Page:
Cheese plant changes dairy landscape

A semi-truck has the green light Thursday to enter the Southwest Cheese Plant southwest of Clovis. (Freedom Newspapers: Eric Kluth)

By Marlena Hartz: Freedom Newspapers

In a matter of months, the cheese plant lauded as an economic boon for Clovis and Portales will devour seven million pounds of milk per day.

The demand has already changed the dairy industry in the area, but elsewhere the economic benefits are a bit more difficult to discern.

“Dairy farms are moving into the area to fulfill the need,” said Agnes Schafer, a spokesperson for a supplier of milk to the plant, Dairy Farmers of America, Inc.

DFA officials estimate about two dozen dairies have set up shop in Clovis and Portales since the plant was founded, creating a ring of dairies within a 50-mile radius of the cheese company.

The boom has pushed the region toward saturation.

“We are at a point now in Roosevelt and Curry County were we’ve just about reached the saturation point. We can handle maybe one or two more (dairies) and that will be it,” said Walter Bradley, director of government and industry relations for the Southwest Area of DFA.

In response, the West Texas region, Bradley said, has morphed into a magnet for dairymen who want to cash in on the benefits of the Southwest Cheese locale.

The burden of hauling milk to faraway customers in Arizona and California can be sloughed off by dairymen who operate near to the plant, thereby, adding thousands of dollars in profits to their pockets every month.

“The milk is hauled straight to the cheese plant, so hauling costs for all producers has dropped,” Bradley said.

He estimates any member of the four cooperatives which supply milk to the plant — DFA, Lone Star, Select, and Zia — save about $1,255 per month in transportation costs.

Bradley said herd sizes, which average about 2,000, are also mushrooming to match milk consumption at the 300,000 square-foot plant, which churns out cheddar, pepper jack, colby, and colby-jack cheese, in addition to whey.

The economic upshot is no surprise to dairy farmers and businessmen in the area.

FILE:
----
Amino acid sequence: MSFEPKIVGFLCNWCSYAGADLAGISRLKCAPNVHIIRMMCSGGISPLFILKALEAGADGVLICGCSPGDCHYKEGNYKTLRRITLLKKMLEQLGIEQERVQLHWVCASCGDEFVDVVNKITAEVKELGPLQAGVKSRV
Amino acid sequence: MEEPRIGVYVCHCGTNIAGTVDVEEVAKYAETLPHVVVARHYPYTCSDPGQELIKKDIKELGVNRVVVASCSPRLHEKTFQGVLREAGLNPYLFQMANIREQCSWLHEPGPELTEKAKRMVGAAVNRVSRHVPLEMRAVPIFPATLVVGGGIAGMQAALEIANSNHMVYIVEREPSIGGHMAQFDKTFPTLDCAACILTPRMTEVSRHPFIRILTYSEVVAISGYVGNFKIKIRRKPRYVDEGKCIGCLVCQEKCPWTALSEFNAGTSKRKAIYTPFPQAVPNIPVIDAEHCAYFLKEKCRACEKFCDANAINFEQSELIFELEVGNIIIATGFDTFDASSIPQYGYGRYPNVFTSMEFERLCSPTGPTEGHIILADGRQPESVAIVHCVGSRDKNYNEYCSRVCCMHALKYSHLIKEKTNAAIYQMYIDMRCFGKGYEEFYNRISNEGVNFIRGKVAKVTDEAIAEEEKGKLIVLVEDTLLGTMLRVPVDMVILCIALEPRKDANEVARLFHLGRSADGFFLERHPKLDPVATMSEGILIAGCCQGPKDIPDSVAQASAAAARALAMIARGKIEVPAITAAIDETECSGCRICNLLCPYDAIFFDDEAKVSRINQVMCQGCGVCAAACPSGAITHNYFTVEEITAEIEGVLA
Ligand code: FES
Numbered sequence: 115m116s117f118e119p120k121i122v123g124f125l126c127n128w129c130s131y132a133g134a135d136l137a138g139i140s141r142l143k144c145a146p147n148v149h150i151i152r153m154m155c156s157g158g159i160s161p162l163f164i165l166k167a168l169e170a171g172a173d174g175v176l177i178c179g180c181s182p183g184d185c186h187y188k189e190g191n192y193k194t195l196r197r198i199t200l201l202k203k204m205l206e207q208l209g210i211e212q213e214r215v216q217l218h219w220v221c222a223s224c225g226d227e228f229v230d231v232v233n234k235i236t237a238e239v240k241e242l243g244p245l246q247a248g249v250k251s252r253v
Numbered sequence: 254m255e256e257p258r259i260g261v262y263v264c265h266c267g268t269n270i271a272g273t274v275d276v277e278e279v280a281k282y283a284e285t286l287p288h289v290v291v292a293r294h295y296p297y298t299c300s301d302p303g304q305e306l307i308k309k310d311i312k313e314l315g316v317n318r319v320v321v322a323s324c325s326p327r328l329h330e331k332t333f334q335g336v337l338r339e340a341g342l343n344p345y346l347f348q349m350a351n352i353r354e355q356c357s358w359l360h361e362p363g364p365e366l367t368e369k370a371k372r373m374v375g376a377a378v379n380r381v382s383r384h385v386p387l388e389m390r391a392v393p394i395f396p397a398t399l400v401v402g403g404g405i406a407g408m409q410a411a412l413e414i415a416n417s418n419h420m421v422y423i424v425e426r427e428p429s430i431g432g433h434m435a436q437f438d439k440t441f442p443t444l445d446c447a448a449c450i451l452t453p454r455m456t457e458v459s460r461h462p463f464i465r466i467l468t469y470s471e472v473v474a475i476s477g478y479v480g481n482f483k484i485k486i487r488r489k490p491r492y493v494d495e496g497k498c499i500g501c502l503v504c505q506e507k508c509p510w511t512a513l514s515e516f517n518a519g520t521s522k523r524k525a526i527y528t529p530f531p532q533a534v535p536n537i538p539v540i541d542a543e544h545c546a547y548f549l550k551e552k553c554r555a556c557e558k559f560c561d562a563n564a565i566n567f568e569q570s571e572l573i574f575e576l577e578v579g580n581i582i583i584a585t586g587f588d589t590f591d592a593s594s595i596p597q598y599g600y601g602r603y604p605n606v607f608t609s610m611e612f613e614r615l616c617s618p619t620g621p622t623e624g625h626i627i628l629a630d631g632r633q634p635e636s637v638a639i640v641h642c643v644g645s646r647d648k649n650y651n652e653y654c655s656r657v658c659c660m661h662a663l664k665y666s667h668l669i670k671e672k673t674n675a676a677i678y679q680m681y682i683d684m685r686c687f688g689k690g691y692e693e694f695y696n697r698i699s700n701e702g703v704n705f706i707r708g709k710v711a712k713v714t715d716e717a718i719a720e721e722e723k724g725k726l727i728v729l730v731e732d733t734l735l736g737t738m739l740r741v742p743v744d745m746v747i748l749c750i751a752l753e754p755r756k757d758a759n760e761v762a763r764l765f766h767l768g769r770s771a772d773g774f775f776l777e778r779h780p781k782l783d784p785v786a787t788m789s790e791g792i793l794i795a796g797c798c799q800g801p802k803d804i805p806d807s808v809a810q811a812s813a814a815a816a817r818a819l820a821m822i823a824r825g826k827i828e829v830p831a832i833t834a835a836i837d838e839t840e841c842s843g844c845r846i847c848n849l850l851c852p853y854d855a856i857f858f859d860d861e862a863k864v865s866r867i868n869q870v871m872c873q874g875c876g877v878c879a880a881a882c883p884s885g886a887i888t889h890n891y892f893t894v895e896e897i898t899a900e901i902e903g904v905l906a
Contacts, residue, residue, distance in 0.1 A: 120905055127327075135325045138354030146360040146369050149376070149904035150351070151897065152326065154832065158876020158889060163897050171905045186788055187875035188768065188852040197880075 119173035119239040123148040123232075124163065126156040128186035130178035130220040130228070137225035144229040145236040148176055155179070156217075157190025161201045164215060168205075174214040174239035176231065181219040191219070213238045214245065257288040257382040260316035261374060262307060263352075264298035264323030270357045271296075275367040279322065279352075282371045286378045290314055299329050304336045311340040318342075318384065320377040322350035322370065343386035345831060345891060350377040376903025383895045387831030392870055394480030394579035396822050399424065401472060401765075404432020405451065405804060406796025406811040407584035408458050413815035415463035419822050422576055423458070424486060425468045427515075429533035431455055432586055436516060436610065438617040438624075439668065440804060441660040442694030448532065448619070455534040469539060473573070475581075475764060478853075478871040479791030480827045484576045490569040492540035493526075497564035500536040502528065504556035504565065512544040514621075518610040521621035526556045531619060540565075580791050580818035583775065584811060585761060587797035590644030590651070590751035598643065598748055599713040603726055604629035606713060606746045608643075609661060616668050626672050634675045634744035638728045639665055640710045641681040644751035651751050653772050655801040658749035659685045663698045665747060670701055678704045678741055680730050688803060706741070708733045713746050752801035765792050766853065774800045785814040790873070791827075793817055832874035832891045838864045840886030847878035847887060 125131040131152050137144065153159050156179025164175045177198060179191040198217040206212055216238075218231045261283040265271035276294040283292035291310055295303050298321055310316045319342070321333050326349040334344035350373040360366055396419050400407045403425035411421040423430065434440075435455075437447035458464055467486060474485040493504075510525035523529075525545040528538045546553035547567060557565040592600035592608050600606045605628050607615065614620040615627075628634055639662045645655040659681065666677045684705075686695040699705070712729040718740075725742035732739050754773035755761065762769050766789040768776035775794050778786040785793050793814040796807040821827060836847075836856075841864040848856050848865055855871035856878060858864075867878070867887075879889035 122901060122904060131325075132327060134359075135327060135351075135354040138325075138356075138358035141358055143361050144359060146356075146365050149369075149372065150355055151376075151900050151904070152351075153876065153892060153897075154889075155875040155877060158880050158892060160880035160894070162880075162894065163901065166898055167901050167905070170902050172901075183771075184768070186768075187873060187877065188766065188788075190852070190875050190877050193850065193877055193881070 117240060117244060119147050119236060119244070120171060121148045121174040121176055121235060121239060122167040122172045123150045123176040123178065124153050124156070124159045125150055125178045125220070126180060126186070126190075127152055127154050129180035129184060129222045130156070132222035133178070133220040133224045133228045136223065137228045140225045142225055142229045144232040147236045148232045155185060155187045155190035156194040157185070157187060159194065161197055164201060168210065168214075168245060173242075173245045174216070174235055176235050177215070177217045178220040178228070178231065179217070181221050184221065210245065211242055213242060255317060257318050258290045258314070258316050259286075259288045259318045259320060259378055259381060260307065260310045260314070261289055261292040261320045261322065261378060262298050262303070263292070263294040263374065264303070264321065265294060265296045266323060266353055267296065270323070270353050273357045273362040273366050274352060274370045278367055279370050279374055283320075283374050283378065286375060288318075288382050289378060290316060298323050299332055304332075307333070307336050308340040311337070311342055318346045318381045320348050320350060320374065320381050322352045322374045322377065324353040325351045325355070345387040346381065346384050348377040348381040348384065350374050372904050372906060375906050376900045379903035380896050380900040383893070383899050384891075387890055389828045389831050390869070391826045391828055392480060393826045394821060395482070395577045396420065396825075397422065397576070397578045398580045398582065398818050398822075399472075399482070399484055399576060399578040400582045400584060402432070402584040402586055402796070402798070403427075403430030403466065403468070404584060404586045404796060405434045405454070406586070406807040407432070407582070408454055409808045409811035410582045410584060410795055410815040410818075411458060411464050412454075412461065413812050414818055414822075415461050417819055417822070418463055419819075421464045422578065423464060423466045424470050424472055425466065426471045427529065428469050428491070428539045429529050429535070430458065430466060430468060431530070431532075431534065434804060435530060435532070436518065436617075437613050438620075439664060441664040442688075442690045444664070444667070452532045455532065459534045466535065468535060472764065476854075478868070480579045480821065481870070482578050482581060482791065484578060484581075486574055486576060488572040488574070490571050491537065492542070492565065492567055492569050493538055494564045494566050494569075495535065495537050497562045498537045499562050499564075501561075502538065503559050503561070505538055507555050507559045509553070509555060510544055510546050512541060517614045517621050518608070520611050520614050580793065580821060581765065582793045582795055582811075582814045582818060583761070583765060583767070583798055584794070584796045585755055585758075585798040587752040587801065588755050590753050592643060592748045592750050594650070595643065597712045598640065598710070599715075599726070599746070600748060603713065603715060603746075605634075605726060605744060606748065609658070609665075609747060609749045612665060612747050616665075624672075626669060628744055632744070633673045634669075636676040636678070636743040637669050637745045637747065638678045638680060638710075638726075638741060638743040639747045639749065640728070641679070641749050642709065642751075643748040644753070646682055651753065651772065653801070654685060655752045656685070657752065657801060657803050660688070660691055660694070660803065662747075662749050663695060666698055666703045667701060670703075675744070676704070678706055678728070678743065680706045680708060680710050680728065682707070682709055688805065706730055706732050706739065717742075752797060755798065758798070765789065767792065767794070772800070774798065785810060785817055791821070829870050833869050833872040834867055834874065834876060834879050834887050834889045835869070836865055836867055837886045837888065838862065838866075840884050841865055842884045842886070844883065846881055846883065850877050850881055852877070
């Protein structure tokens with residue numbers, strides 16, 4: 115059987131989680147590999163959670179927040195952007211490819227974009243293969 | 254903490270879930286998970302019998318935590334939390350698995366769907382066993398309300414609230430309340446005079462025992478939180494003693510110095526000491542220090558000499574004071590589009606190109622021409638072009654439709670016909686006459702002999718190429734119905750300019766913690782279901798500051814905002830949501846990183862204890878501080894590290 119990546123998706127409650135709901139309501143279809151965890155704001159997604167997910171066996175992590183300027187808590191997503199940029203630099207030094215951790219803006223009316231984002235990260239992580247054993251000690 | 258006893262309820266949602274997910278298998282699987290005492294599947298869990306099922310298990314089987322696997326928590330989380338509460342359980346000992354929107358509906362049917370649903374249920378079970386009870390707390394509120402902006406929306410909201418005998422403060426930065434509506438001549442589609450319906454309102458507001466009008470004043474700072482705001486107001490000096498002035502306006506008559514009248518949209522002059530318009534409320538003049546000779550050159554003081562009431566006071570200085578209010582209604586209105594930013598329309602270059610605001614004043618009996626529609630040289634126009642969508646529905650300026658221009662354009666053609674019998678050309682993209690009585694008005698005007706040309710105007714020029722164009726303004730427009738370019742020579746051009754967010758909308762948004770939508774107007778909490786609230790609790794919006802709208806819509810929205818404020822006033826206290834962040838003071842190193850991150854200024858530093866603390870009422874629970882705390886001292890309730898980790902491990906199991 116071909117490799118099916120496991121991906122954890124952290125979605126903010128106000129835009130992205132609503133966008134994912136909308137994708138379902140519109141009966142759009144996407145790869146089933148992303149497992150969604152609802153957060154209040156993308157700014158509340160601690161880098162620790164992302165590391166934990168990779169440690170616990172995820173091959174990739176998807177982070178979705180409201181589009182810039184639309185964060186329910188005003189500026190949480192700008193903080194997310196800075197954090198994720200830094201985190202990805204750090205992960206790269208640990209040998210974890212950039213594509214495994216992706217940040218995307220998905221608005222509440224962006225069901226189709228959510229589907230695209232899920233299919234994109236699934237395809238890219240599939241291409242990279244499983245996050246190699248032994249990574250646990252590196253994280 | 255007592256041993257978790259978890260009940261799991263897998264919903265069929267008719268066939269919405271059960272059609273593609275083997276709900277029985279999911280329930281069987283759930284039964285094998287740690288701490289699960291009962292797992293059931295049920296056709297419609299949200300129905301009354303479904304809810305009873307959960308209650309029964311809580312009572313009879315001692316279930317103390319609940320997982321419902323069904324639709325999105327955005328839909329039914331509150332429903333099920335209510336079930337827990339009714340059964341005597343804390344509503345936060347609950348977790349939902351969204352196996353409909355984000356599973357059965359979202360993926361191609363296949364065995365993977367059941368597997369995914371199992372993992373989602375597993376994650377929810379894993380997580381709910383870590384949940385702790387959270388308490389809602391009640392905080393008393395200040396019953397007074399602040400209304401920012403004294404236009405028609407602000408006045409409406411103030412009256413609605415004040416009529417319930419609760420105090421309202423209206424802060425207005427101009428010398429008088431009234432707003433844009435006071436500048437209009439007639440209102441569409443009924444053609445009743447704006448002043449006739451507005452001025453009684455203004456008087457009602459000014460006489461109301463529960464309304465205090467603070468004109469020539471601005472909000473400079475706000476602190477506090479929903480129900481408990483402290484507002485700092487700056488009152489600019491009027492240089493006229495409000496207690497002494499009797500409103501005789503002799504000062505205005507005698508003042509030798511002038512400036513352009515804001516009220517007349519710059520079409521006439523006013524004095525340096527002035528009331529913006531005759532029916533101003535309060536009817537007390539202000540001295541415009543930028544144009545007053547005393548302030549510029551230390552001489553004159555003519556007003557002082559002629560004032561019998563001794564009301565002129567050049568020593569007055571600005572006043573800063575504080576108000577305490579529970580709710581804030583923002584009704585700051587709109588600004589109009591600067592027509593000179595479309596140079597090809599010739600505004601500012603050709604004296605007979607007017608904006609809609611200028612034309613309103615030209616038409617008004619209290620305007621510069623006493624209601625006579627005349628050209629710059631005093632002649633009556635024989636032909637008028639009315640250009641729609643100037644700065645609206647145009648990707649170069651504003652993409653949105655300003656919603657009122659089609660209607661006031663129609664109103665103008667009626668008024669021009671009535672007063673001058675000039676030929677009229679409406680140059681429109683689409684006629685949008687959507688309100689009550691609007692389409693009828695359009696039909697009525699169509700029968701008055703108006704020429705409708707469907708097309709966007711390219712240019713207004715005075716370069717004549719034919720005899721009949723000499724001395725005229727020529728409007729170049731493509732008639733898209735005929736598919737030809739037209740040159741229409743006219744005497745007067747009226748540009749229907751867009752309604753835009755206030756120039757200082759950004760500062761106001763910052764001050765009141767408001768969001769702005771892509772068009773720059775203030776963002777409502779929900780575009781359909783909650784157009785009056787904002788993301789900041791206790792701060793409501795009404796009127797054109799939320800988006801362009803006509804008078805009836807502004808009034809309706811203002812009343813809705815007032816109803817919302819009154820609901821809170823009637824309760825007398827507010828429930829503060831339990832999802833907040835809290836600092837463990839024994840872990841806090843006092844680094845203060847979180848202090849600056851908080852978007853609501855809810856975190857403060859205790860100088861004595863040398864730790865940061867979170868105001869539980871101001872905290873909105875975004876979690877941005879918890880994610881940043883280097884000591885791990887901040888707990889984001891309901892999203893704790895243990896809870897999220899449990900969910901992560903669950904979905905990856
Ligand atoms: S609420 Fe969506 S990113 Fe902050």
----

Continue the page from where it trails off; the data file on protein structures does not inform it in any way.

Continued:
Dairy Farmers of America, Inc. is not just a milk supplier to the plant.

The corporation owns a portion of it, with ownership split evenly between fellow milk supplier Select Milk Producers. The remainder of the plant belongs to Glanbia, a food production company with roots in Ireland.

Local officials leapt on the opportunity to host the sprawling $200 million plant, luring Glanbia to the High Plains area with tax incentives.

The company does not pay property taxes. The deal, however, could expire, said Southwest Cheese Chief Executive Maurice Keane, depending on future negotiations between the plant and the city of Clovis. The plant does pay school taxes.

Yet, the bargain begs the question: Are the taxpayers of Clovis reaping the benefits of the sprawling plant?

According to Clovis City Commissioner Kevin Duncan, the answer is yes.

“It’s a trickle-down effect,” he said.

“It’s opened up lots of jobs and other companies, like trucking companies, have come in because of it,” he said.

The plant currently employs about 210 people and is looking to hire about 20 more, Keane said. Entry-level wages, he said, start at $10 an hour, and skilled workers are paid substantially more. Either way, the salary is enticing compared to others in the area, Duncan said.

New dairies also bring new jobs to the economically parched Texas Panhandle, advocates say.

There are currently about 64 dairies in Curry and Roosevelt County, according to Bradley. The farms rake in about $23 million a month, he said. Eighty-five percent of that revenue never leaves the boundaries of the counties of Roosevelt and Curry, he said.

It is funneled into the hands of the 1,600 people the dairies employ, Bradley said, and it buys locally produced vehicles, machines, and animal feed.

“Obviously,” said Keane, whose company has sponsored a variety of cultural and social events since it arrived in the area, “we have stimulated growth.”

Keane said money generated by the plant circles around the community four times, stimulating seen and unseen ripples in the economy.